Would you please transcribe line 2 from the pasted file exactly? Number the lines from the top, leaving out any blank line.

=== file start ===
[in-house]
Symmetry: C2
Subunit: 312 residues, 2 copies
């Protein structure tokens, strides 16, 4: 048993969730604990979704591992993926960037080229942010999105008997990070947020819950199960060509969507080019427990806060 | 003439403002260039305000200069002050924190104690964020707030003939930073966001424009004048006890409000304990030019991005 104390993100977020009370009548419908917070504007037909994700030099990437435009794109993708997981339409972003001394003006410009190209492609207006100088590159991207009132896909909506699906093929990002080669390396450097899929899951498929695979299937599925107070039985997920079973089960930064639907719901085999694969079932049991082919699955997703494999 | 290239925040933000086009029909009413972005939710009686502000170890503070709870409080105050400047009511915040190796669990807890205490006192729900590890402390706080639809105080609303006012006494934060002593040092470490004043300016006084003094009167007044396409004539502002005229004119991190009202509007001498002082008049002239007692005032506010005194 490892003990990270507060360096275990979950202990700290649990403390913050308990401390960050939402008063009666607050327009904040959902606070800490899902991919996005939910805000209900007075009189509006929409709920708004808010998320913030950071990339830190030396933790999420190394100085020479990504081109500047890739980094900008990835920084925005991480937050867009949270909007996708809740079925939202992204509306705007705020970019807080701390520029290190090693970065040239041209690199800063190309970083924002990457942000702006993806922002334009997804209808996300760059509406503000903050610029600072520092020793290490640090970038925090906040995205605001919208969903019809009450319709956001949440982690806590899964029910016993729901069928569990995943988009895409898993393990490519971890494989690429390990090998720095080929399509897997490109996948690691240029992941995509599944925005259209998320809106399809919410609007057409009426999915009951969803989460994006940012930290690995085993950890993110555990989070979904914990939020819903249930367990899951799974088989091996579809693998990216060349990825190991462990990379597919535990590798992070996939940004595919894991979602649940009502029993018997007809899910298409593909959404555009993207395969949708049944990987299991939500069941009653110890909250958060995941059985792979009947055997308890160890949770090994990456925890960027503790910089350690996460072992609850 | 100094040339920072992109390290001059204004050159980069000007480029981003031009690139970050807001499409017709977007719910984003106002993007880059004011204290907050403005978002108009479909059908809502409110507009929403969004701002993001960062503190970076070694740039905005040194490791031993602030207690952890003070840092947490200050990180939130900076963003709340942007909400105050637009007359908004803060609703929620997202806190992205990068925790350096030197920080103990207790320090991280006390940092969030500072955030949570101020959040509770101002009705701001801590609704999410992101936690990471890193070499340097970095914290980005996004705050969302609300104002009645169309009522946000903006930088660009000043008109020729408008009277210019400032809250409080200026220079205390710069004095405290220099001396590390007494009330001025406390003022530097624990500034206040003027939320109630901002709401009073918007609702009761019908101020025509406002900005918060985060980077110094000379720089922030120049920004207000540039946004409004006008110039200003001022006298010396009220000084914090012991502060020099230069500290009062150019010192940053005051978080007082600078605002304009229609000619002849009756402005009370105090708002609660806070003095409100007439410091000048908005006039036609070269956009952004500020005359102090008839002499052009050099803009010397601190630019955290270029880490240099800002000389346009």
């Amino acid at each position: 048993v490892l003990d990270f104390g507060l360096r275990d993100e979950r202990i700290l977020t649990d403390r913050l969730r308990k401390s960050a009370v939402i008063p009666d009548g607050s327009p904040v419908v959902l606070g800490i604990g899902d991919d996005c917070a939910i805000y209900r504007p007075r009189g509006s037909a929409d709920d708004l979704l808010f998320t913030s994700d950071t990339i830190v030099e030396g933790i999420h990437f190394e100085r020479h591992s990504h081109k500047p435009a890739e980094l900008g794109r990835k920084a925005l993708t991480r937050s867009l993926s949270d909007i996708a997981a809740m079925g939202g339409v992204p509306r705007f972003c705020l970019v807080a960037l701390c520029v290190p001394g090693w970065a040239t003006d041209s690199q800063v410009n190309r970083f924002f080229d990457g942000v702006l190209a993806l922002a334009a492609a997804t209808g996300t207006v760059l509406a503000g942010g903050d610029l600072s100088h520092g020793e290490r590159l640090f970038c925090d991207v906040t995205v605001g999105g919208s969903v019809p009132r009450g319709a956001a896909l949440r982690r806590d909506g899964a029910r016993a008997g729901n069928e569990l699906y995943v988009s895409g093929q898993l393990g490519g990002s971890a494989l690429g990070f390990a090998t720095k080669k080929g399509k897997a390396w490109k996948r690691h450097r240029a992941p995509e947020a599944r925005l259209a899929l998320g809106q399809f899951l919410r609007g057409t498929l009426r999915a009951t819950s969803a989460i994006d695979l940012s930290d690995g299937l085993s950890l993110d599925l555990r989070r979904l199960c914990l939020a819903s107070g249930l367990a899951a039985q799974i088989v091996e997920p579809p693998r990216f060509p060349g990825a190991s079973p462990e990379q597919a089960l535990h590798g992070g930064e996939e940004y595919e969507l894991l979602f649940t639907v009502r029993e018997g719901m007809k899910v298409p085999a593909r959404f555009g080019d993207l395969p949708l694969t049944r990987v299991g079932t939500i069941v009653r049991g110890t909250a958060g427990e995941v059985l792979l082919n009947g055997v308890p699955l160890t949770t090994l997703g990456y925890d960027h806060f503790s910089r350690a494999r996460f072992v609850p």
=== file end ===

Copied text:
Symmetry: C2